Becoming Santa Claus

For a young boy, holiday magic arrived in the form of a little red suit

An illustration of a boy wearing a Santa costume in a mall with a Christmas tree

Illustration: JON STICH

Santa Claus didn’t use the chimney that Christmas Eve, and he didn’t wait until we all went to sleep. It was 1973 and St. Nicholas was standing in front of me in my grandmother’s house in Big Stone Gap, Virginia. I was three years old.

Mamaw’s house in Powell Valley—nestled in the Jefferson National Forest, along the Trail of the Lonesome Pine—provided the perfect setting for this life-altering yuletide encounter. When I was growing up, my parents and I would drive there from our home in Winston-Salem, North Carolina, traveling on winding roads through little Virginia towns—Fancy Gap, Chilhowie, Abingdon. Christmas music faded in and out on country radio stations.

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As an early gift that year, my aunt Nila mailed me a set of pajamas with a red candy-cane stripe. My mother says I wanted to sleep in those PJs every night. Sometimes when I wore them, I would catch myself in the dining room mirror. Mom remembers I’d sit on a stool, performing.

Once we arrived, our Christmas Eve tradition began. A feast covered the table (ham, sweet potato casserole, deviled eggs, green beans cooked in bacon fat for hours, hot homemade biscuits, pecan pie). Someone would say grace. We read the Christmas story from the Bible. Everybody—sometimes as many as forty guests—exchanged gifts, and then the little kids urged their parents to rush home so they could go to sleep. Santa was coming!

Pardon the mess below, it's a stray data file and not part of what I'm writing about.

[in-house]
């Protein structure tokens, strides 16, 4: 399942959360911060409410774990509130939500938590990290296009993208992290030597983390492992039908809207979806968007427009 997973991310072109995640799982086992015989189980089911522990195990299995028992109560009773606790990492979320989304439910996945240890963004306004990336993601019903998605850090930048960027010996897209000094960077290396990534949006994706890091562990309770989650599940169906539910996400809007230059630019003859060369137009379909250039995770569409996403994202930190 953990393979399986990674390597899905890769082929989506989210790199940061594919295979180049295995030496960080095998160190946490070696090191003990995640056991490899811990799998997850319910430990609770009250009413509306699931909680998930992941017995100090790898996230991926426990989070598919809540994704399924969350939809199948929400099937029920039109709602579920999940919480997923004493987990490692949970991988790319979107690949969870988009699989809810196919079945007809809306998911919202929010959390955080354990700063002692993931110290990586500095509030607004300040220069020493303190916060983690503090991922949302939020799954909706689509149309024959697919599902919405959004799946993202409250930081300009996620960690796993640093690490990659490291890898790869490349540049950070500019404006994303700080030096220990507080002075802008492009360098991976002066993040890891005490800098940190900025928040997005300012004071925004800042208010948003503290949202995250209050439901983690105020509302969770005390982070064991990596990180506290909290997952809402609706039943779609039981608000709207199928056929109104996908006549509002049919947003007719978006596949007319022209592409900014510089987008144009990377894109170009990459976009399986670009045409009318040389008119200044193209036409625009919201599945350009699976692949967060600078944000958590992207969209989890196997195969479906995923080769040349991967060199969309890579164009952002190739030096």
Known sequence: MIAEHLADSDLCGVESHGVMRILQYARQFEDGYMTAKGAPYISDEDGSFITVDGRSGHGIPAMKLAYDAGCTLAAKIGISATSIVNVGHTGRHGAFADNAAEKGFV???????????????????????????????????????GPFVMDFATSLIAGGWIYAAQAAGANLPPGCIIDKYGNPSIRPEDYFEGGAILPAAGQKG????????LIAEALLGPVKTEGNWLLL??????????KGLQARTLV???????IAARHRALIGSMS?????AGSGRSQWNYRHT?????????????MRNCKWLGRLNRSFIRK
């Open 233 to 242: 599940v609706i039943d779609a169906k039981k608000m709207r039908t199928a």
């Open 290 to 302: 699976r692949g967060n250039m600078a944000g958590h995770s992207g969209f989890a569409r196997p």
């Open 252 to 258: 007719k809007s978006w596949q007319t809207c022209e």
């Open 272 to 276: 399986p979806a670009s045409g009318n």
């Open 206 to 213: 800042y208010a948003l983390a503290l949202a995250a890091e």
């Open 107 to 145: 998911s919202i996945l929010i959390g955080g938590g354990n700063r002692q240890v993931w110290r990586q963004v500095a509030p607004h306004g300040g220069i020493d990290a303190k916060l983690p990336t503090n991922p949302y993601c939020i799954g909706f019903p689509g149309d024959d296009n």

We would get there by 6:30. Many times it was snowing. And so it was on this pivotal Christmas Eve. Sometime between supper and the opening of the presents is when Santa appeared. He was wearing the brightest, most glorious red suit, along with his signature white gloves, patent-leather black belt, and boots, a big red gift bag slung over his shoulder.

As I sat on my father’s knee, I was spellbound.

Santa handed out gifts, but I have no memory of what I got. What was important was that Santa Claus was standing there. Looking at me. Seeing him that night sparked something in my three-year-old self. Suddenly, I had to learn more about this mysterious figure in red.

When I awoke to a frozen Christmas morning, I found a bright red AMF Fire Chief pedal car (complete with a siren and light on the hood), a baker’s hat sewn for me by my mother’s seamstress, and other toys assembled in the living room. I loved everything, but as the day wore on, the gifts felt almost anticlimactic. I was still focused on Santa’s visit the night before.